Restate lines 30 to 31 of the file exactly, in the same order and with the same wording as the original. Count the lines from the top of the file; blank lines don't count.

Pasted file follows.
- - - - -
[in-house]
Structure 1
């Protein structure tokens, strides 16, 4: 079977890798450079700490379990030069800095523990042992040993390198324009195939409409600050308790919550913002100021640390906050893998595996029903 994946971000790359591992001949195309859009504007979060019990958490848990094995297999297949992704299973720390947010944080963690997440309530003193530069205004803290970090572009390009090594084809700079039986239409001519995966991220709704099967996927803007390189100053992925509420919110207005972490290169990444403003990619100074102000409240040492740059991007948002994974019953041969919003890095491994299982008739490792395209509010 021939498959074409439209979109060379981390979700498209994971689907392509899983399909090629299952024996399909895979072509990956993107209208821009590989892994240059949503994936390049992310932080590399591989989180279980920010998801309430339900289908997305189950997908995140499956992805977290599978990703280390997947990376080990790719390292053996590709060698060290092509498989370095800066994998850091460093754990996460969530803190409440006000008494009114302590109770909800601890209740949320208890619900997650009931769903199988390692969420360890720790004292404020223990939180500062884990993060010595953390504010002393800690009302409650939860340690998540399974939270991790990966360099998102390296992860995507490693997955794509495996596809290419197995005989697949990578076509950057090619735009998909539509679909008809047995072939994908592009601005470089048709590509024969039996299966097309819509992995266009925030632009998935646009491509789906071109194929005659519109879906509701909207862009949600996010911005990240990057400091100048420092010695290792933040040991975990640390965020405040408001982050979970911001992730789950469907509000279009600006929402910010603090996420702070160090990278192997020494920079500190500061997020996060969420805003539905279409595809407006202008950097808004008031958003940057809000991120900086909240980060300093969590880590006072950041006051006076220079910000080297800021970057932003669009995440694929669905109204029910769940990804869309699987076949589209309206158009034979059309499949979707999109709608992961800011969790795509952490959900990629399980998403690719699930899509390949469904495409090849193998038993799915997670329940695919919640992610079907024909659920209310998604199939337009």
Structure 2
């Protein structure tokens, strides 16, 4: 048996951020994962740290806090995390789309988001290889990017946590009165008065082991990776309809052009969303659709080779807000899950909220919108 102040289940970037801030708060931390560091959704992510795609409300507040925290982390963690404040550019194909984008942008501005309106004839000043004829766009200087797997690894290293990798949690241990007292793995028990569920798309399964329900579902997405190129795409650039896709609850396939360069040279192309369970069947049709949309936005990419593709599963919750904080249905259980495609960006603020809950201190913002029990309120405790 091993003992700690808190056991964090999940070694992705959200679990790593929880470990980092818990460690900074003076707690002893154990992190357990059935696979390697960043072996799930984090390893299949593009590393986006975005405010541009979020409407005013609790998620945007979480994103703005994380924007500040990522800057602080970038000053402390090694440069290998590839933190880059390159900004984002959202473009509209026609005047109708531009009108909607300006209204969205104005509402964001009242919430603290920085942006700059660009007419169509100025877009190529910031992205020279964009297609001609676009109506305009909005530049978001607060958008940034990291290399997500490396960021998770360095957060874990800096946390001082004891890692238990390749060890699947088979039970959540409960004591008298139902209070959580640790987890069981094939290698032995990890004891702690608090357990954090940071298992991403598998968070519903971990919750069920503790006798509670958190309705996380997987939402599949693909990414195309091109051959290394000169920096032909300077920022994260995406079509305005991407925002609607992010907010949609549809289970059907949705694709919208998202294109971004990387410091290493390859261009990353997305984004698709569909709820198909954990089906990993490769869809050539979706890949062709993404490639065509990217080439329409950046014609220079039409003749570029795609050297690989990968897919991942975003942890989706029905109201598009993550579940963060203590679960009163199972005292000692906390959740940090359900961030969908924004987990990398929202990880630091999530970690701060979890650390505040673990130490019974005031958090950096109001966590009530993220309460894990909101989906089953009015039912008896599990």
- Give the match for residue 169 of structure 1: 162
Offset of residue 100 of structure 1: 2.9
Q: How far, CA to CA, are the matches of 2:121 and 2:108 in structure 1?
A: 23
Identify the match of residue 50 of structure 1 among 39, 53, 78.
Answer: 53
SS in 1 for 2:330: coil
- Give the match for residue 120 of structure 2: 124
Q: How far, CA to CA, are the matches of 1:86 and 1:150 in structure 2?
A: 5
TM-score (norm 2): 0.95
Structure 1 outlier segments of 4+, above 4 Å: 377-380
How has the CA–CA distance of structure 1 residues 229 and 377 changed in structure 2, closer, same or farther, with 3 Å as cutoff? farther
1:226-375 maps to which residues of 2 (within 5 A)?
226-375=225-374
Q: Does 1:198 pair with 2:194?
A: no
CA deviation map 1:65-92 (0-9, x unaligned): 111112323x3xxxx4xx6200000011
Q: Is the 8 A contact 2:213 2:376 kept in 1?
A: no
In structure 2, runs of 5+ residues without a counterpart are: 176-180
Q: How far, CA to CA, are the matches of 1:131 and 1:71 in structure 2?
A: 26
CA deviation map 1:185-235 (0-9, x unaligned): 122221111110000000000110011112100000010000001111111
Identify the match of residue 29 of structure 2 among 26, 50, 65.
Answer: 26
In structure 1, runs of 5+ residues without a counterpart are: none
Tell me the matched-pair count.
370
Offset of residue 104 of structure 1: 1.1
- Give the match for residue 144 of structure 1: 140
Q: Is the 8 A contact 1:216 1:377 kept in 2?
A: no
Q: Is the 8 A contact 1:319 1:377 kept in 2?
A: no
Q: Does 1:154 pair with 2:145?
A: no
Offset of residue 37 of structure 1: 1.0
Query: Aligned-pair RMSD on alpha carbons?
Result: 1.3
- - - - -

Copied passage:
Identify the match of residue 29 of structure 2 among 26, 50, 65.
Answer: 26